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Florida Tenant Laws question

Posted by darkhaven80 (My Page) on
Tue, Oct 16, 07 at 15:57

I have a question. My best friend lives in the same apartment complex as I do and last month the pest control and apartment manager entered her apartment without any notice, and actually just unlocked and opened the door without knocking. They told her they were spraying. I thought you were supposed to have some sort of notice before they can come in like that? Today I had the maintenance man in my apartment over my air conditioner and when I mentioned this, he said, you know we don't have to give you any notice to come in over things like that. I find that troubling as I hate people in my apartment without me knowing or if I'm not here. Anyone know the truth of this? I thought in Florida you needed two days notice.


Follow-Up Postings:

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RE: Florida Tenant Laws question

Oh, and to clarify after reading what I wrote, I did invite them in for the air conditioner, she just didn't have any knowledge of them spraying that day. She's lived here two years now and never has seen them for that.


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RE: Florida Tenant Laws question

If nothing else, I'd be very upset for one reason - what if I'd had pets (birds especially) in there that were very susceptible to fumes, etc. from the spraying, and had been given no chance to move them at least to another room?


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RE: Florida Tenant Laws question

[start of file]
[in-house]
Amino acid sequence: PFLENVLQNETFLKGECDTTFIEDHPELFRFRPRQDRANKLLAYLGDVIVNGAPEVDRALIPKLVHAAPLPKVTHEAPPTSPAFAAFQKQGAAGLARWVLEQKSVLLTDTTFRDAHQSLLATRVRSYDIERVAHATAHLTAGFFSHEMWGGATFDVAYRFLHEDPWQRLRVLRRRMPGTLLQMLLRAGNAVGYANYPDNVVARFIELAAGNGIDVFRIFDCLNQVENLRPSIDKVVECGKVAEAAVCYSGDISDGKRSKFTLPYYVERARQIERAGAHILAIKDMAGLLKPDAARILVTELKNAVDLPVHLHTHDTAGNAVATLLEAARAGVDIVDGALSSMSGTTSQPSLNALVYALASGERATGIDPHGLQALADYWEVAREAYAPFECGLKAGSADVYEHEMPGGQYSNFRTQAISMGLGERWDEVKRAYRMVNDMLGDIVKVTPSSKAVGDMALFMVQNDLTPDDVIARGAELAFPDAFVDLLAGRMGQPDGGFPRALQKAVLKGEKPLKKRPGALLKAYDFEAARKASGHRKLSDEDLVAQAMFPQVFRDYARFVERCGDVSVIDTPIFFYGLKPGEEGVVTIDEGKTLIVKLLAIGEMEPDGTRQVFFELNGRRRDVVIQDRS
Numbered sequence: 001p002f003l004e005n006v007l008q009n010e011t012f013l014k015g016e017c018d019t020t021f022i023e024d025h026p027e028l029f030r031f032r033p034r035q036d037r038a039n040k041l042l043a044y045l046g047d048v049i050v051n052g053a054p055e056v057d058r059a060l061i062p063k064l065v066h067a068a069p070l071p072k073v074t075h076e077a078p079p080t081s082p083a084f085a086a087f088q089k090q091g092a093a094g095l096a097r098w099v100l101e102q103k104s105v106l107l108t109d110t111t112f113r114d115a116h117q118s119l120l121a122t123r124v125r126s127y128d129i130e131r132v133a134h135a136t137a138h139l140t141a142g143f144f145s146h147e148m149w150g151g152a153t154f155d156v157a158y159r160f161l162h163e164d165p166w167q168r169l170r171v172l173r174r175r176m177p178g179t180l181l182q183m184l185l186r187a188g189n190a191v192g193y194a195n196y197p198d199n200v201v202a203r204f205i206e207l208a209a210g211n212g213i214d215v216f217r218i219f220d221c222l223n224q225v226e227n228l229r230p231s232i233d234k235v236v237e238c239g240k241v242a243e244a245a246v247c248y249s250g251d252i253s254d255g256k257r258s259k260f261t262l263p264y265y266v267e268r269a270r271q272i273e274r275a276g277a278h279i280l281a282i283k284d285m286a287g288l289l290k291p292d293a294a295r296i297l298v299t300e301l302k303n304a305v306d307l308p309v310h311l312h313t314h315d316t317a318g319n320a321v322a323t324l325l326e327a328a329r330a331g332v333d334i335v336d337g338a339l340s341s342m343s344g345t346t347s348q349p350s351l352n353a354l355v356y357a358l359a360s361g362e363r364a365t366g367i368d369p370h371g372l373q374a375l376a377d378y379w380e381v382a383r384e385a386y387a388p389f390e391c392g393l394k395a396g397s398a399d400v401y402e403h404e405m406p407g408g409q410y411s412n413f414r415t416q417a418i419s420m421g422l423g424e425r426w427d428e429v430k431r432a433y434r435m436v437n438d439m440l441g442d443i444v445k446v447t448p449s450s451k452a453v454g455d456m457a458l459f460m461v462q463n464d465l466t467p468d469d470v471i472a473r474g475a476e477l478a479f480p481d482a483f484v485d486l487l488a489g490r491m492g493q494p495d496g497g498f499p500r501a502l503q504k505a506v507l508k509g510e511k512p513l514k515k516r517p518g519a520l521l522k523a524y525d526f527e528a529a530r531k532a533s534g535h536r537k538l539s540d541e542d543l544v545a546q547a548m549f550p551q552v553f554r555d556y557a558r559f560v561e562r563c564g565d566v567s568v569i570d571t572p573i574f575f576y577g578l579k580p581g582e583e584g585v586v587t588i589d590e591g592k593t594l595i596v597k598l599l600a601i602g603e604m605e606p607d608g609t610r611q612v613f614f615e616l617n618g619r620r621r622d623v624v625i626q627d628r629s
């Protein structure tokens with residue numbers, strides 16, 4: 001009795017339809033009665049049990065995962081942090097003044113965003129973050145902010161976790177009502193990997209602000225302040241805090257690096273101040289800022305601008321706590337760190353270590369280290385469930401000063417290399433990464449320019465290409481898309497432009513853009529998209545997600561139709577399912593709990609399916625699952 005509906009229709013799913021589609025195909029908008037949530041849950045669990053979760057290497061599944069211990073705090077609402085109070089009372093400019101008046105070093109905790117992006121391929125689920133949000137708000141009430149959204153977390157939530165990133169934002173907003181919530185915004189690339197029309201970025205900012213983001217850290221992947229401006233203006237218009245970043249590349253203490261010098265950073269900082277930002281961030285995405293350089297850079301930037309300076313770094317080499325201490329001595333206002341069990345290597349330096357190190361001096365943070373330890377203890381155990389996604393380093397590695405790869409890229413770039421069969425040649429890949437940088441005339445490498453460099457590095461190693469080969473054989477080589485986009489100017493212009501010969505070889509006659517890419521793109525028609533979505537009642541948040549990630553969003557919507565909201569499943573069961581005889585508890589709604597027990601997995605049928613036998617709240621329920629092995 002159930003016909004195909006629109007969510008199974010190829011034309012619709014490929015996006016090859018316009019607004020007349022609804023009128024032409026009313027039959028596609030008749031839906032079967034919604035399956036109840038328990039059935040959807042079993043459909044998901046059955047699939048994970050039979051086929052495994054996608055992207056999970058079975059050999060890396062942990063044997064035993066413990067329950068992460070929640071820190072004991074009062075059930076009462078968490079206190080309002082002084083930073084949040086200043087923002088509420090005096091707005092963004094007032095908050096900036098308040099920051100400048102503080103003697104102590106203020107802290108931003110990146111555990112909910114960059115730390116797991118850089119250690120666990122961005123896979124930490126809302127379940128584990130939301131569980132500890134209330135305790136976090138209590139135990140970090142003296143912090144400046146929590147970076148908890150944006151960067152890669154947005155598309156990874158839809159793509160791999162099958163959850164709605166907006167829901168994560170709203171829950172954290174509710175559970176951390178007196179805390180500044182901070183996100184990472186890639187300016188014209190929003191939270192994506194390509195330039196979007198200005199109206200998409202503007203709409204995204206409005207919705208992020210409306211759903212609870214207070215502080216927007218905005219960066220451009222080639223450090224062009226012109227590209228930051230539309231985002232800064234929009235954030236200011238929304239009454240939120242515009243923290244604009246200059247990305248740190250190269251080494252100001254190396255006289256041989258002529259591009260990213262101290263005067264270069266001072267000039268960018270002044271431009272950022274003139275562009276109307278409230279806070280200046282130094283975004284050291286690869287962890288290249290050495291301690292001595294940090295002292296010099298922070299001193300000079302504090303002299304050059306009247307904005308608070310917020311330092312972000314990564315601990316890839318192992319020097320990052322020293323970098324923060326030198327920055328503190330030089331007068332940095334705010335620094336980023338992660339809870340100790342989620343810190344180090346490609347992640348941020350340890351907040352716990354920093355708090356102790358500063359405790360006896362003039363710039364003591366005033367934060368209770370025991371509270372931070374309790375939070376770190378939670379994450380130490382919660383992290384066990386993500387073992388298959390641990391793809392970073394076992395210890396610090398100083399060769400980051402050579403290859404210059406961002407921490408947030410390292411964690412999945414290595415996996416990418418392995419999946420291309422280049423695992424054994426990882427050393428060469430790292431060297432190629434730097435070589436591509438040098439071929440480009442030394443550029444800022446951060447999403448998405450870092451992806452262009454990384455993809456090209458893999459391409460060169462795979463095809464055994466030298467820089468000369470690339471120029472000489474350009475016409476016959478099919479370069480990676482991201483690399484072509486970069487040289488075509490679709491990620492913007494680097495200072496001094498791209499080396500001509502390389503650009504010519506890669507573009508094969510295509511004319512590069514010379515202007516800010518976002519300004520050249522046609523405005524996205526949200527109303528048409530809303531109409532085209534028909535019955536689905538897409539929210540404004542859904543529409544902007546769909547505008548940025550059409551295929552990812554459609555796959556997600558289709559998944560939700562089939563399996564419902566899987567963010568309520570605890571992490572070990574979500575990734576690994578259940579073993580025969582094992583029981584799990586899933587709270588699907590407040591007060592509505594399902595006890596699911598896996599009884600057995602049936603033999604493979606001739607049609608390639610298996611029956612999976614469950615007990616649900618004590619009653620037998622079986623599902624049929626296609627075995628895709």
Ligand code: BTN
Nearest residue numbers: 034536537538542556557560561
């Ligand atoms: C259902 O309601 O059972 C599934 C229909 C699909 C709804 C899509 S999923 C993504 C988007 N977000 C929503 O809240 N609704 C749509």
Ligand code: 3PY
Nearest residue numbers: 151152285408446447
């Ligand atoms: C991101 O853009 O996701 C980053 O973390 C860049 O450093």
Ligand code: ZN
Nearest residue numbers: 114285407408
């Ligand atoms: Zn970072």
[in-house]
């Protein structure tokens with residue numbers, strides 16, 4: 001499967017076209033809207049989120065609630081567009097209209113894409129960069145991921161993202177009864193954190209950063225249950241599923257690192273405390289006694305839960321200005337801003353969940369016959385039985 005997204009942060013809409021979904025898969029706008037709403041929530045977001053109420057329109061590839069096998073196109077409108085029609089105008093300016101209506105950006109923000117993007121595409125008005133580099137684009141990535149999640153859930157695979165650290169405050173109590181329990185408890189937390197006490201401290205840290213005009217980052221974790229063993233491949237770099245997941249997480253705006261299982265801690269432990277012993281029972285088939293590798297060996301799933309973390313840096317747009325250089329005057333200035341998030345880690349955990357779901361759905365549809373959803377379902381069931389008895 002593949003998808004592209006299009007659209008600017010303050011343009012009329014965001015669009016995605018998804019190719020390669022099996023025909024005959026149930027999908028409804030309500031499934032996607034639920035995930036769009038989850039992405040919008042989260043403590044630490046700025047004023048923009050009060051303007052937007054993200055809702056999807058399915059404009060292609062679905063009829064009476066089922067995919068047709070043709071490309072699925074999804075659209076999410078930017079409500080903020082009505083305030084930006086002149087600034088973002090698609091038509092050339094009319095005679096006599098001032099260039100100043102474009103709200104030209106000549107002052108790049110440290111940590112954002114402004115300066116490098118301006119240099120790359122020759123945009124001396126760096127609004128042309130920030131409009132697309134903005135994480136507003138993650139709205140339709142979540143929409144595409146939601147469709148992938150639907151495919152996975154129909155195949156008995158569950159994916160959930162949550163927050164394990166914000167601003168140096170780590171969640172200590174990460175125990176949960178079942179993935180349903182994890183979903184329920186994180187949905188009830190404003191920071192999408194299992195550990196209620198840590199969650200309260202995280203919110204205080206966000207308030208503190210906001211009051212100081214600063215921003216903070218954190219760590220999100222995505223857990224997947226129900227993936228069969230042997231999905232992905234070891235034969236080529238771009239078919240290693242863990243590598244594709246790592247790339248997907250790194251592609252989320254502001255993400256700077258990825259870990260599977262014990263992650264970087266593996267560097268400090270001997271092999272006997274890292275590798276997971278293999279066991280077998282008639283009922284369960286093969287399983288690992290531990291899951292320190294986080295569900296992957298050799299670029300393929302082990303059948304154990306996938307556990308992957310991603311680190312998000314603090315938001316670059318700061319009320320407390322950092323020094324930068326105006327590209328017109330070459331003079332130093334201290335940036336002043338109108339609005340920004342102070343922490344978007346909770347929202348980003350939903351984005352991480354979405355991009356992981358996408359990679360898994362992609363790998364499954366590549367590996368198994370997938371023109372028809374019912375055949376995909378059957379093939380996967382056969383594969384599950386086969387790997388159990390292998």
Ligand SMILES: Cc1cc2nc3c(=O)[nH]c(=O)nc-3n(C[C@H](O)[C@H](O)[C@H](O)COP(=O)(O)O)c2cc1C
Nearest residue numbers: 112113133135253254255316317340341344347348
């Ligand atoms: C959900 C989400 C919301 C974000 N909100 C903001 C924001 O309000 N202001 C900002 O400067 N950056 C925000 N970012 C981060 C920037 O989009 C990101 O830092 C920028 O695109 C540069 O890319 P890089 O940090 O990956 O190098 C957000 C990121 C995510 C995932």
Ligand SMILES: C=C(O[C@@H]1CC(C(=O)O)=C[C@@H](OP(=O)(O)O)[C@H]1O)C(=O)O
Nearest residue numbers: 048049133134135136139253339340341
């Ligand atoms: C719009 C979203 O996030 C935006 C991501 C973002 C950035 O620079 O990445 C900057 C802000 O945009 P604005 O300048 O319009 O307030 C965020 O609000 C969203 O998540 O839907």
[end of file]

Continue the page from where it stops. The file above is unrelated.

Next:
Thankfully they don't have pets, but I find it very intrusive and would be angry myself. Just not sure if it's legal or not to just enter without warning for pest control.


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RE: Florida Tenant Laws question

I have linked to Florida statute below that I found. It's from a site other than Florida, so it would pay to google "Florida landlord tenant law entry" and find something directly from the State of Florida.

12 hours notice is necessary, however there are exceptions.
See article 83.53 Landlord's access to dwelling unit. at the link below for details (scroll about half way down the page).

The only way they might be able to get in without giving notice in this instance is by claiming they entered to "preserve the premises" from bugs, per item 2 of the statute cited above: The landlord may enter the dwelling unit at any time for the protection or preservation
of the premises.

Here is a link that might be useful: Fla Landord Tenant Statutes


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and a P.S.

Forgot to link to this page that gives you contact info in case you'd like to discuss this with someone in Fla.

Here is a link that might be useful: Fla LL/Tenant Contact info


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RE: Florida Tenant Laws question

Thank you so much everyone, sorry it took me so long to respond to the last, but I hadn't noticed it until now.


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